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Review: 'Thank You for Your Service'

Yup.

“Thank You for Your Service” takes its title, ironically, from the platitudes that many veterans hear upon their return to the homefront after their time spent at war. But how, exactly, does the country actually thank them? Are parades, free beers, and handshakes enough? What of the horrors that revisit them in their sleep, the dire difficulties they face trying to re-enter lives that may have passed them by? This film lays the truth bare for all to see, and is a startling call that our society needs to do a whole lot more for these heroes than thank them.

 

Jason Hall, the writer of “American Sniper,” makes his directorial debut in this studio film that feels like an indie – rough around the edges, emotional, and not afraid to look in the ugly corners. The battle scenes are not flashy, but claustrophobic, and are not made to titillate but to terrify. The domestic scenes are shot tight, with close-ups and natural lighting. This is not a glossy, Hollywood version of reality.

 

The cast is led by Miles Teller playing Sgt. Adam Schumann, one of three soldiers that return from the war in Iraq to find lives that didn’t wait for them. They struggle with depression, PTSD, and how to make a living. This is not a movie dripping in jingoism and testosterone (something I think “American Sniper” struggled with) but is instead a meditation on the United States’ failure to have support systems for our battle veterans: the five-hour lines at the VA, with injured and frightened soldiers pulling numbers like they are ordering bologna; the multiple-choice scantron sheets attempting to verify if you are suicidal or not (and even if you are, we’ll call you back in 7-10 weeks when a spot opens up); the minimum-wage jobs and rampant alcohol and drug use. You hear about this stuff on the news, but seeing it captured on film is truly a wake-up call.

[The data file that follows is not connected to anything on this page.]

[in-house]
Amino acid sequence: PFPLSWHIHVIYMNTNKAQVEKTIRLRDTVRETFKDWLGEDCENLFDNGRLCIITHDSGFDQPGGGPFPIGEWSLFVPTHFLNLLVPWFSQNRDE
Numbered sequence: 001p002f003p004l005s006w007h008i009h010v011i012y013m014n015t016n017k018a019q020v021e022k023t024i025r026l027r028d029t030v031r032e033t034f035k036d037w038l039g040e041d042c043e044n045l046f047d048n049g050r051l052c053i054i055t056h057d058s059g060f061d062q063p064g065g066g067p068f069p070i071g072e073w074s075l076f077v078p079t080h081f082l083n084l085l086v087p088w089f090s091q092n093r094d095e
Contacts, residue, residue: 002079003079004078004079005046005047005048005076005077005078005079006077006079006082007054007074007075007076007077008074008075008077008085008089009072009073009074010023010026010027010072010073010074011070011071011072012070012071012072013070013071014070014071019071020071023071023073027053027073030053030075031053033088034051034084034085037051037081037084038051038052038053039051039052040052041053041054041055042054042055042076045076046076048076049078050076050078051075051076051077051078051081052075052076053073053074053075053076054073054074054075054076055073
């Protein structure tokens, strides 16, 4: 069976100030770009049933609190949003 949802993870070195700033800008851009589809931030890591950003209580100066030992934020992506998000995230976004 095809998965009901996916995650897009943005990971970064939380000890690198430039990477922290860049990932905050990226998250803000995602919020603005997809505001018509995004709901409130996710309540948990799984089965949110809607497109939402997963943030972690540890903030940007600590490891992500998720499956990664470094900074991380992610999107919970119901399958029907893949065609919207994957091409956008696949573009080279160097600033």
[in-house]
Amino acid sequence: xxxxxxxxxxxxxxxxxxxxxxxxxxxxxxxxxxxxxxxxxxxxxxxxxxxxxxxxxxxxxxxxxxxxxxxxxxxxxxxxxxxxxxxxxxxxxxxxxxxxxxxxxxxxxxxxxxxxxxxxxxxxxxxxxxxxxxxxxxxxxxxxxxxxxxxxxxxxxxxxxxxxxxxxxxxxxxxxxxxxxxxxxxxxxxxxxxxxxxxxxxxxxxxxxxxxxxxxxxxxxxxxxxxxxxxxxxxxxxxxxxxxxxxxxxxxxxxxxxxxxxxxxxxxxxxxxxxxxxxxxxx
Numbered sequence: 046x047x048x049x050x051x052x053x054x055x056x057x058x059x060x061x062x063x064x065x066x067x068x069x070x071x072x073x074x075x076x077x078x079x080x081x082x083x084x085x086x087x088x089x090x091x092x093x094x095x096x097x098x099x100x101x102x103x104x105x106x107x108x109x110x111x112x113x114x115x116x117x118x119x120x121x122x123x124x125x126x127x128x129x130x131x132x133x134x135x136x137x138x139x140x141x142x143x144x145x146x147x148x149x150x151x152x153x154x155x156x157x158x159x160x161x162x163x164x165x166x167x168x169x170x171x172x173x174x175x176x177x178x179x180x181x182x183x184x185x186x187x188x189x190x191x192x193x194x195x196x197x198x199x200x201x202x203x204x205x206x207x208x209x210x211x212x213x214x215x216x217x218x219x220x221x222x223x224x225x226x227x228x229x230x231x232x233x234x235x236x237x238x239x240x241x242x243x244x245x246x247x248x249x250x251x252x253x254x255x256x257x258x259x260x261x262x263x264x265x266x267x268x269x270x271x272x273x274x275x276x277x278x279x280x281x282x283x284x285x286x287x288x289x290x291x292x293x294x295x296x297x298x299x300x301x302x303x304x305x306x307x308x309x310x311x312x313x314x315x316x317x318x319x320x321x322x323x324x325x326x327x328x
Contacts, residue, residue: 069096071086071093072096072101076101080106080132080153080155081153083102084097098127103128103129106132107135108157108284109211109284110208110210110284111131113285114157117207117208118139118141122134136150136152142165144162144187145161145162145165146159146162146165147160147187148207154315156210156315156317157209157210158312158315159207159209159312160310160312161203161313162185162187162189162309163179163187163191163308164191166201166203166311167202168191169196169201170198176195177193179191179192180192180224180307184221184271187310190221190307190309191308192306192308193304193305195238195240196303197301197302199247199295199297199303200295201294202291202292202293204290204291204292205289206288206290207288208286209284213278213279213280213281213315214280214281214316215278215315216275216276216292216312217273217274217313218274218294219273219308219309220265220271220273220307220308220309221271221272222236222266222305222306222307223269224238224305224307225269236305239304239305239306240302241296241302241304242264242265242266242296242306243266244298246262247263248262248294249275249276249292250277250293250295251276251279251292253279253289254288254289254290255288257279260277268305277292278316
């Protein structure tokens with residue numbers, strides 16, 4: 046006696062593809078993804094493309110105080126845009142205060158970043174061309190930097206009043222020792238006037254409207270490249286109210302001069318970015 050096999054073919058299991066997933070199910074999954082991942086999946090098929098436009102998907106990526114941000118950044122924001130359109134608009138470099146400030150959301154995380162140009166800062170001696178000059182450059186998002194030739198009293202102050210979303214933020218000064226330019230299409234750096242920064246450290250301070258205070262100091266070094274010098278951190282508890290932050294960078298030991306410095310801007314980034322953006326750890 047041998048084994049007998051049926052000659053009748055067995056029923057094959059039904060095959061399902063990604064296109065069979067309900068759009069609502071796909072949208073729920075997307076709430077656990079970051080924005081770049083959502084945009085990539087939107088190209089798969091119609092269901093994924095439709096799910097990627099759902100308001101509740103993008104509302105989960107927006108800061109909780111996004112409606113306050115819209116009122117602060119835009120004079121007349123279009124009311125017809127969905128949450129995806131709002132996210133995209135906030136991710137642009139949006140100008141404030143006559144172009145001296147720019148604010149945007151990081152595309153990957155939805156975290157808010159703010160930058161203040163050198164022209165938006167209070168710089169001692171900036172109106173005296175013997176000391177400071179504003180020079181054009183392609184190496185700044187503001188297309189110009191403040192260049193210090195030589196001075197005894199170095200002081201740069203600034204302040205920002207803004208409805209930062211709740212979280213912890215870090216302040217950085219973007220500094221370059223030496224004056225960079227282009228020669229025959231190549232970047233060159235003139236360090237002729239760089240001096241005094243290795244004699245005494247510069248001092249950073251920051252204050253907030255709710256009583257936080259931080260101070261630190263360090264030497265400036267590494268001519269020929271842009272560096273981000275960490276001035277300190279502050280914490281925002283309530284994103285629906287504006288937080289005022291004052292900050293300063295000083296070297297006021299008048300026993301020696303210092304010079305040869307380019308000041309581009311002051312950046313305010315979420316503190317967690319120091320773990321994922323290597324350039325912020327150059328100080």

The three leads all excel – Teller continues to be one of the most exciting, young talents in the industry (I mean, have you SEEN “Whiplash?”), and Haley Bennett (as his wife Saskia) does great work as well. The true standout, though, is Beulah Koale as Solo, the emotional center of the film. He is tortured by his inability to go back to the war, even though his wife is expecting their first child. His is a slow spin into disaster, and he desperately searches for a helping hand to pull him from the abyss.

 

“Thank You for Your Service” is a well-realized, visceral examination of PTSD and the struggles our veterans face. The film is a slow, building story of dread and weight, and you walk with them every step of the way. It may be too earnest and realistic to do much at the box office, but it is a must-see for those seeking an intelligent story highlighting what should be a national discussion.

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